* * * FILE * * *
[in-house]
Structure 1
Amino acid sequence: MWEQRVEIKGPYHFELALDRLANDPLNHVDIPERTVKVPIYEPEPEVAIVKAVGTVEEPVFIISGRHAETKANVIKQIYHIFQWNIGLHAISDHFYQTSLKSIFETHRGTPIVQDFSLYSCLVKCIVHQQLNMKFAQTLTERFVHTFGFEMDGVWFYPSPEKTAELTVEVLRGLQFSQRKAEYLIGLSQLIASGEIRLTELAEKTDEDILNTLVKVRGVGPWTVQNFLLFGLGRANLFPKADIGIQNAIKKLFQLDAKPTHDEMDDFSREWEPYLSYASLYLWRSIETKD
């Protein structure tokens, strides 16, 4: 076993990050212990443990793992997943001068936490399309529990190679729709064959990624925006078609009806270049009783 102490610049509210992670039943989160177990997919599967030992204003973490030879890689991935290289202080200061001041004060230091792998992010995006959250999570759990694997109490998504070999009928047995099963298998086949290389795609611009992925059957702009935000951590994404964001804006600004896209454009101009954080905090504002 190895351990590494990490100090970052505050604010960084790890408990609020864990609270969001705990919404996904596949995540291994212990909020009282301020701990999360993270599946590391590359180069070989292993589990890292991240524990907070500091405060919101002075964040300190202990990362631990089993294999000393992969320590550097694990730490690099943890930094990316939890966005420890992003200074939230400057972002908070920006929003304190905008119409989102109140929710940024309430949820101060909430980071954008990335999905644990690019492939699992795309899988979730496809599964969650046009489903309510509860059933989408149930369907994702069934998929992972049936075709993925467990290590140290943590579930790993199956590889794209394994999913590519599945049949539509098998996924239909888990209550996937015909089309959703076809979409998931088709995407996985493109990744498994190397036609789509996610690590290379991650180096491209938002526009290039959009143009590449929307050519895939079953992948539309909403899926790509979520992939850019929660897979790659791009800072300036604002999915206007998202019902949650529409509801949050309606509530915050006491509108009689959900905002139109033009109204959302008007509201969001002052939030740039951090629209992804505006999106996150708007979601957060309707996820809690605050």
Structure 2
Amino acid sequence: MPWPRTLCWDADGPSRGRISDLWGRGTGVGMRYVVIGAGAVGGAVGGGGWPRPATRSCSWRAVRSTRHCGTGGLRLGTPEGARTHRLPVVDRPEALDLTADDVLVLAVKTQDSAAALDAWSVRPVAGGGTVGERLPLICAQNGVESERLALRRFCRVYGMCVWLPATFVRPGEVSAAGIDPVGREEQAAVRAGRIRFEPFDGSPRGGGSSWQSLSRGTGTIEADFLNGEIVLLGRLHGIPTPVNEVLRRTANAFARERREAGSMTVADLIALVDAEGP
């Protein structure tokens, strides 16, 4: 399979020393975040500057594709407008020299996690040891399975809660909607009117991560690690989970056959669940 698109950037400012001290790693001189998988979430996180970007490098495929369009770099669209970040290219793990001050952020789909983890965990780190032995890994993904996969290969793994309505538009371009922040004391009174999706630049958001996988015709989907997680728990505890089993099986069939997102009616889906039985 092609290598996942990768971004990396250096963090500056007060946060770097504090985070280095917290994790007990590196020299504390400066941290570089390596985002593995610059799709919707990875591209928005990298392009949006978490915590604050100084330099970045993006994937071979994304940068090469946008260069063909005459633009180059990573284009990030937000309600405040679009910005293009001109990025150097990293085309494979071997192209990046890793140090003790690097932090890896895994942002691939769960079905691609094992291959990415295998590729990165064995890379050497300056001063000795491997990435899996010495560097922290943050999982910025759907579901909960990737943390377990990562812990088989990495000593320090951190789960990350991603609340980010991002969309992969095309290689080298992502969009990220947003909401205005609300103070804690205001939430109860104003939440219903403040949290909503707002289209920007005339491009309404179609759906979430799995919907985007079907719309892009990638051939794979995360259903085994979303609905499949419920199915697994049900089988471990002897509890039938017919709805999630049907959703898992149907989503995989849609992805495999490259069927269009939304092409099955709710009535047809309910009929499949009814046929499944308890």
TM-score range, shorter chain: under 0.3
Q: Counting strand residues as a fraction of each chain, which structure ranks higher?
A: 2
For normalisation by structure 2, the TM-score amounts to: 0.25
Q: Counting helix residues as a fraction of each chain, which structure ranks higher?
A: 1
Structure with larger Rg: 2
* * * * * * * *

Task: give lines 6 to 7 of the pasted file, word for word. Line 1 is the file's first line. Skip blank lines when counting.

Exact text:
Amino acid sequence: MPWPRTLCWDADGPSRGRISDLWGRGTGVGMRYVVIGAGAVGGAVGGGGWPRPATRSCSWRAVRSTRHCGTGGLRLGTPEGARTHRLPVVDRPEALDLTADDVLVLAVKTQDSAAALDAWSVRPVAGGGTVGERLPLICAQNGVESERLALRRFCRVYGMCVWLPATFVRPGEVSAAGIDPVGREEQAAVRAGRIRFEPFDGSPRGGGSSWQSLSRGTGTIEADFLNGEIVLLGRLHGIPTPVNEVLRRTANAFARERREAGSMTVADLIALVDAEGP
């Protein structure tokens, strides 16, 4: 399979020393975040500057594709407008020299996690040891399975809660909607009117991560690690989970056959669940 698109950037400012001290790693001189998988979430996180970007490098495929369009770099669209970040290219793990001050952020789909983890965990780190032995890994993904996969290969793994309505538009371009922040004391009174999706630049958001996988015709989907997680728990505890089993099986069939997102009616889906039985 092609290598996942990768971004990396250096963090500056007060946060770097504090985070280095917290994790007990590196020299504390400066941290570089390596985002593995610059799709919707990875591209928005990298392009949006978490915590604050100084330099970045993006994937071979994304940068090469946008260069063909005459633009180059990573284009990030937000309600405040679009910005293009001109990025150097990293085309494979071997192209990046890793140090003790690097932090890896895994942002691939769960079905691609094992291959990415295998590729990165064995890379050497300056001063000795491997990435899996010495560097922290943050999982910025759907579901909960990737943390377990990562812990088989990495000593320090951190789960990350991603609340980010991002969309992969095309290689080298992502969009990220947003909401205005609300103070804690205001939430109860104003939440219903403040949290909503707002289209920007005339491009309404179609759906979430799995919907985007079907719309892009990638051939794979995360259903085994979303609905499949419920199915697994049900089988471990002897509890039938017919709805999630049907959703898992149907989503995989849609992805495999490259069927269009939304092409099955709710009535047809309910009929499949009814046929499944308890």